Deepfakes can come into play here if the attacker goes a step further. The victim might say, “I wouldn’t do that without a phone call from Jim.” But what if you get a voicemail from Jim that sounds exactly like him? Chesney said fraudulent recorded audio is possible with current technology, and he refers to this type of attack as deep fraud or deep phishing.
“While this is a threat to look out for today, we are probably a long way from getting a real-time, interactive and plausible audio fake,” he added. “But you could definitely get a convincing voicemail.” To safeguard against this emerging threat, monitoring user behavior for risk will be critical.
Will the Real Victim Please Stand Up
The liar’s dividend may be more distinguishable in the political arena, but the consequences aren’t as simple in a business setting. If someone from an organization claims to be the victim of a deepfake, with which department does the responsibility to investigate fall? Is it a management issue? An HR issue? Should the employee be punished? Fired?
“Companies will be faced with interesting types of legal and HR questions,” said Chesney. “Where is the burden of proof? Does it land on the corporation or the employee?”
The biggest obstacle Chesney foresees is that the employee will need to produce a forensic justification or a plausible alibi — a potentially expensive and taxing endeavor to settle a dispute where truly sabotaged employees are put in an impossible bind.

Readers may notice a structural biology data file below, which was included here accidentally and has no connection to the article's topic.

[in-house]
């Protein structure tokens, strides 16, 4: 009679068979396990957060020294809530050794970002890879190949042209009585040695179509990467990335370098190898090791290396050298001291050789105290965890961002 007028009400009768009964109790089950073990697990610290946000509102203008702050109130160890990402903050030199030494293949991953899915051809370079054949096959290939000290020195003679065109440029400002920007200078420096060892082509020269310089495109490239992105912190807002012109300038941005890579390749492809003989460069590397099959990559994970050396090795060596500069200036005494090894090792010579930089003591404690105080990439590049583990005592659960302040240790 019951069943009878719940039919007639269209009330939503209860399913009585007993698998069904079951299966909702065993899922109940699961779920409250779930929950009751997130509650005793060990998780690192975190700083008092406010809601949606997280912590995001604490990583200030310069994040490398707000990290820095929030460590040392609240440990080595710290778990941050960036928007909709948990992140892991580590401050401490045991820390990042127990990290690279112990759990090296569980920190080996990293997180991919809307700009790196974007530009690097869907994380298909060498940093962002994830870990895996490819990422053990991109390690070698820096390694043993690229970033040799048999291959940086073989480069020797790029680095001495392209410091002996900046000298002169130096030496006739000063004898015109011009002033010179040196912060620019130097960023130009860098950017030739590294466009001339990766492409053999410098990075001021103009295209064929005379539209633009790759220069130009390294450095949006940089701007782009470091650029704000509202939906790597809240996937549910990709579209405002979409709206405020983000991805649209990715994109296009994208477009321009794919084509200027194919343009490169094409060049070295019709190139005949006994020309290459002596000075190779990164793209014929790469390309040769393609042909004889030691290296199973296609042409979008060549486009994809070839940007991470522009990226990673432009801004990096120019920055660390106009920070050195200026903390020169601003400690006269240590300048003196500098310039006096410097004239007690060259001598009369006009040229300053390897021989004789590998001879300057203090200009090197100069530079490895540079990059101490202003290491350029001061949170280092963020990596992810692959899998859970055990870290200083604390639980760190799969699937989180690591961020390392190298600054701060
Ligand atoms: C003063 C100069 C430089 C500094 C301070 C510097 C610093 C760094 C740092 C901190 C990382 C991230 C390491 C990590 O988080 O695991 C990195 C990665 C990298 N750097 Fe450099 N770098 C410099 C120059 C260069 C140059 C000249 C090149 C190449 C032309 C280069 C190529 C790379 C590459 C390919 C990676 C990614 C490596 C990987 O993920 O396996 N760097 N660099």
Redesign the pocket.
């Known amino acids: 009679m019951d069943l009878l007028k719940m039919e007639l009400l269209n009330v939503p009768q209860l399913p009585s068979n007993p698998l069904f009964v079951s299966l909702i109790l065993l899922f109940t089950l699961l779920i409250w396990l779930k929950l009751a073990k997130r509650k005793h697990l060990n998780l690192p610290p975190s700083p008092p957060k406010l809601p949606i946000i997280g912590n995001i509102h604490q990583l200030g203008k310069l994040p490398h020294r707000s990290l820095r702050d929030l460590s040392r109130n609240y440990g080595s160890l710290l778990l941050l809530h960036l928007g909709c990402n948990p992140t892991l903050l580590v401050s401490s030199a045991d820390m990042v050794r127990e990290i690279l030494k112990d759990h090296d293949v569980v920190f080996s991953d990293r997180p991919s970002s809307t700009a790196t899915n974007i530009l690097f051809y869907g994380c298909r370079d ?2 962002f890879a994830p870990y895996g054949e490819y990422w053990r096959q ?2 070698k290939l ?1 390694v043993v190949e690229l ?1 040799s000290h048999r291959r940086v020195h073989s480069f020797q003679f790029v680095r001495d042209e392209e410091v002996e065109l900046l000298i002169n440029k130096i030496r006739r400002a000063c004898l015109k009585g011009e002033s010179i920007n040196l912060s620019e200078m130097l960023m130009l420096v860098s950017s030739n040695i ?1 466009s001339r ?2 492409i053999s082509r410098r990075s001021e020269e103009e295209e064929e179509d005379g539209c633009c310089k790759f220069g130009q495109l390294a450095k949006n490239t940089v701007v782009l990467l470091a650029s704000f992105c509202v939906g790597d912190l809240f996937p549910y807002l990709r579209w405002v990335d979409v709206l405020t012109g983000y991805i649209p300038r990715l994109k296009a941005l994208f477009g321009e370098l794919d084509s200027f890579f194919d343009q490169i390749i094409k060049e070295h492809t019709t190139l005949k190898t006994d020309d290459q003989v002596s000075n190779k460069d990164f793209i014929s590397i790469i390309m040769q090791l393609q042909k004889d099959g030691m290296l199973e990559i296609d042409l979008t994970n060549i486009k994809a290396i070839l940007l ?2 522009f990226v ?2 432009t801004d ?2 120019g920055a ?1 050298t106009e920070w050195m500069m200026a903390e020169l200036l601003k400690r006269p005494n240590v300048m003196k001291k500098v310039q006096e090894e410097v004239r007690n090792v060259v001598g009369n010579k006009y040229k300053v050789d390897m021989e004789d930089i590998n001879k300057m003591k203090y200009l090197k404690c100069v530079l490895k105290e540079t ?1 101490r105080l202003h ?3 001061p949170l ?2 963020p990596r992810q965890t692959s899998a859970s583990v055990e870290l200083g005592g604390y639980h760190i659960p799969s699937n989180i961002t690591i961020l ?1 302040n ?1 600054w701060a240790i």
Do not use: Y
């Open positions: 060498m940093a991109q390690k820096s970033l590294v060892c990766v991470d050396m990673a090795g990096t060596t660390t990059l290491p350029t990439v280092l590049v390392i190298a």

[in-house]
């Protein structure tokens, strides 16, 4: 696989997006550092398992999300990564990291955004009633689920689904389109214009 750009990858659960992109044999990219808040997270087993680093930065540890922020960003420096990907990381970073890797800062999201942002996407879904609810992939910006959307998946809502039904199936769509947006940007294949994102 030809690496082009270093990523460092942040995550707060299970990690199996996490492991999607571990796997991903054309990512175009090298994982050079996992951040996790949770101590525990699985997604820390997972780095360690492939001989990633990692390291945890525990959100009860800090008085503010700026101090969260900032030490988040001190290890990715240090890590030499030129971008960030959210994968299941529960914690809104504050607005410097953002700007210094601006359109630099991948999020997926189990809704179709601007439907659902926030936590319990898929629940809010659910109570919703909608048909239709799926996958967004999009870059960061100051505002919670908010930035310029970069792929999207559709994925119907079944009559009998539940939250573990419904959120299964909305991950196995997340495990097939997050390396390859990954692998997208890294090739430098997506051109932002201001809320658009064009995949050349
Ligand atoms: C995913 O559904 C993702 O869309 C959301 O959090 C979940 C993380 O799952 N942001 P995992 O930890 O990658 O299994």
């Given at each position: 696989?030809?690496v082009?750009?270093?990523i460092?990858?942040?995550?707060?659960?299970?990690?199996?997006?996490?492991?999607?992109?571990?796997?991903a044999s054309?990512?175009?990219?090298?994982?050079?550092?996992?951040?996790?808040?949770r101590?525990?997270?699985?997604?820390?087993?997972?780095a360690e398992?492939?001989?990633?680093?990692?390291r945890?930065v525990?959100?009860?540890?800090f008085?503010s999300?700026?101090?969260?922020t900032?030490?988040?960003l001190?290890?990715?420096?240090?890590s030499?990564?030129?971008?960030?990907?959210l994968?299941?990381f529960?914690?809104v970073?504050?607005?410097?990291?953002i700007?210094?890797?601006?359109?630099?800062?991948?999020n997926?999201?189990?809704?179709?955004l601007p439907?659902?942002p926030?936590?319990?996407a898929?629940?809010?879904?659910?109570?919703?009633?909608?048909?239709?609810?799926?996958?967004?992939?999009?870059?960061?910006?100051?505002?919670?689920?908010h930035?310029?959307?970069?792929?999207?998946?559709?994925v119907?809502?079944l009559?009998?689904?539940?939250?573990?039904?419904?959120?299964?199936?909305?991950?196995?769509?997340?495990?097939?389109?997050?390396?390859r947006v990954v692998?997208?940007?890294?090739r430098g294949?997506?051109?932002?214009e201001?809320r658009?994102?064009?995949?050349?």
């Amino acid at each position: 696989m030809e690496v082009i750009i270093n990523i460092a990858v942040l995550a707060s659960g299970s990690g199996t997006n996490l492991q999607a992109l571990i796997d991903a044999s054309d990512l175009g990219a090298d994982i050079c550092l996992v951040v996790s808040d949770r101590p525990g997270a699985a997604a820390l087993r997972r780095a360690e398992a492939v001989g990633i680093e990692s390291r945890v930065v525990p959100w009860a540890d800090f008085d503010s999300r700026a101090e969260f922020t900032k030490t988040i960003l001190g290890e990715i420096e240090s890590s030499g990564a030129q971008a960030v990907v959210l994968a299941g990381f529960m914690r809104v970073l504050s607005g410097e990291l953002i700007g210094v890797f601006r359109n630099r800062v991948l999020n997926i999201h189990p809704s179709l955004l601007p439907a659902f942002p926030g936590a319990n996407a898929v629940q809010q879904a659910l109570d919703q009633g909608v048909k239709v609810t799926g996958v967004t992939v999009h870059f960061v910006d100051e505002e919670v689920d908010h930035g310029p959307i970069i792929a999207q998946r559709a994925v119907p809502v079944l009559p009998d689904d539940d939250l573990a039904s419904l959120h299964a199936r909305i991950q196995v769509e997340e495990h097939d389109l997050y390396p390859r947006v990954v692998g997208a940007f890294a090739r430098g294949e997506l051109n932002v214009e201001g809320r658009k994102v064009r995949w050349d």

“They probably can’t afford to put up a defense from being fraudulently attacked,” he said. “That seems wrong. Hopefully, HR systems are designed at a certain level to deal with this.”
Chesney’s concern is that, should these cases end up in court, evidence issues are going to gradually become more complicated. Any audio and video recordings used as evidence on either side could be accurate or fraudulent. It’s enough to make anyone question what to believe and whom to trust.
Strategy and Education Can Limit the Impact on the Enterprise
I realize that we may be getting ahead of ourselves with what could be conjecture at this point, but deepfake technology — while relatively new to the threat landscape — has already arrived on many cybersecurity radar systems.
For the enterprise, security education and awareness can only take us so far. Even so, they are still crucial to any defensive efforts.
“Education helps a little, but we have to be realistic about how effective this can be,” said Chesney. “Just look at the compliance errors that routinely happen by mistake. Still, it’s especially important for entity leaders to be made mindful of the risk of being duped by some bespoke fake intended to generate a money transfer, a commercial decision or a hiring decision.”
Deepfakes will likely trouble us for the foreseeable future, but if you’re concerned about whether we’ll reach a point where nobody knows what to believe anymore, there is hope. Remember that there are also technological solutions being developed to combat deepfakes.
Experts like Chesney believe that, while this issue may escalate in the near future, someday a disruptive solution will emerge. Until then, full-scale awareness around the existence of these threats may be our best shot.